Semester Opens with COVID Testing and New Safety Protocols in Place
Following the COVID testing of 275 faculty, staff, and students – including all the students living on campus - Tompkins Cortland Community College started the semester on Monday, August 31. The testing was a key component of new protocols in place to ensure safety for faculty, staff, and students that come to campus. Testing was held on three different days and resulted in just one positive. No students who live on campus tested positive. The person with the positive result was asymptomatic and would not have known they were positive if not for the testing. That person is now following health department guidance at their off-campus residence.
“One of the best ways to stop the spread of COVID-19 is to identify positive cases through testing, followed by isolation of positive cases and quarantine of close contacts,“ said Tompkins County Public Health Director Frank Kruppa. “The Health Department uses test results to run contact investigations. We’ve seen many of our positive cases in Tompkins County show up as asymptomatic individuals. TC3’s testing protocols are designed to help identify positives, even if they’re asymptomatic. Along with thorough testing, people should still be wearing a face covering and keeping six feet of distance from one another.”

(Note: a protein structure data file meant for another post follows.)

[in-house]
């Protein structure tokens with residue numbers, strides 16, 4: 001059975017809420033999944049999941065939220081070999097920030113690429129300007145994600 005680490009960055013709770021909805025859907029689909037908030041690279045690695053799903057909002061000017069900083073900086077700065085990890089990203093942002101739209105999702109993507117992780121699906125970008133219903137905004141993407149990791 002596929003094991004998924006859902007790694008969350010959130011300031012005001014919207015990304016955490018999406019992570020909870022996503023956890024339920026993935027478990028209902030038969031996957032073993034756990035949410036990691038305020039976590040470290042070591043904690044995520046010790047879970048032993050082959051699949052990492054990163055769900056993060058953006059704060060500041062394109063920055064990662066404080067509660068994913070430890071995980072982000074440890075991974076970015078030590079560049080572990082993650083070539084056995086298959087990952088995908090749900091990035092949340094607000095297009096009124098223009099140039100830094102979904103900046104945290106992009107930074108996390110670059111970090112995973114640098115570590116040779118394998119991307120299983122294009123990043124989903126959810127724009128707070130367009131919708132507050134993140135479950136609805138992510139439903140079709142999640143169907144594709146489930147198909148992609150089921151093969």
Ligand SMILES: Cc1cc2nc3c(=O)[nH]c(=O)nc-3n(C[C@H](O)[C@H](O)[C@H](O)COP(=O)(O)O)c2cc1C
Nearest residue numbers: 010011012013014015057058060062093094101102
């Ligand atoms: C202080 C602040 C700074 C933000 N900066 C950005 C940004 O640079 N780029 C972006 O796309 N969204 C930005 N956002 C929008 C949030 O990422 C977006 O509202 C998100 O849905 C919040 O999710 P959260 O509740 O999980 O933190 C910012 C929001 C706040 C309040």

Among the changes the College had made due to the pandemic is a dramatic lowering of the density of people on campus. Only 38 percent of classes are being held in-person. The faculty and administration worked together so that Fall 2020 classes were structured to provide maximum flexibility for students and to offer multi-section courses with both in-person and remote options. The College has also created a “Quaranteam” of professionals on campus prepared to provide all the services needed should a student be required to quarantine on campus.
“Our goal this semester is to strike the right balance between protecting the safety of our faculty, staff, and students and providing a flexible and high quality learning experience,” said President Orinthia Montague. “We are thankful to have had the support of our other local higher educational institutions, the SUNY system, the Tompkins County Health Department, and Cayuga Health Systems to ensure a smooth and safe restart to our semester.”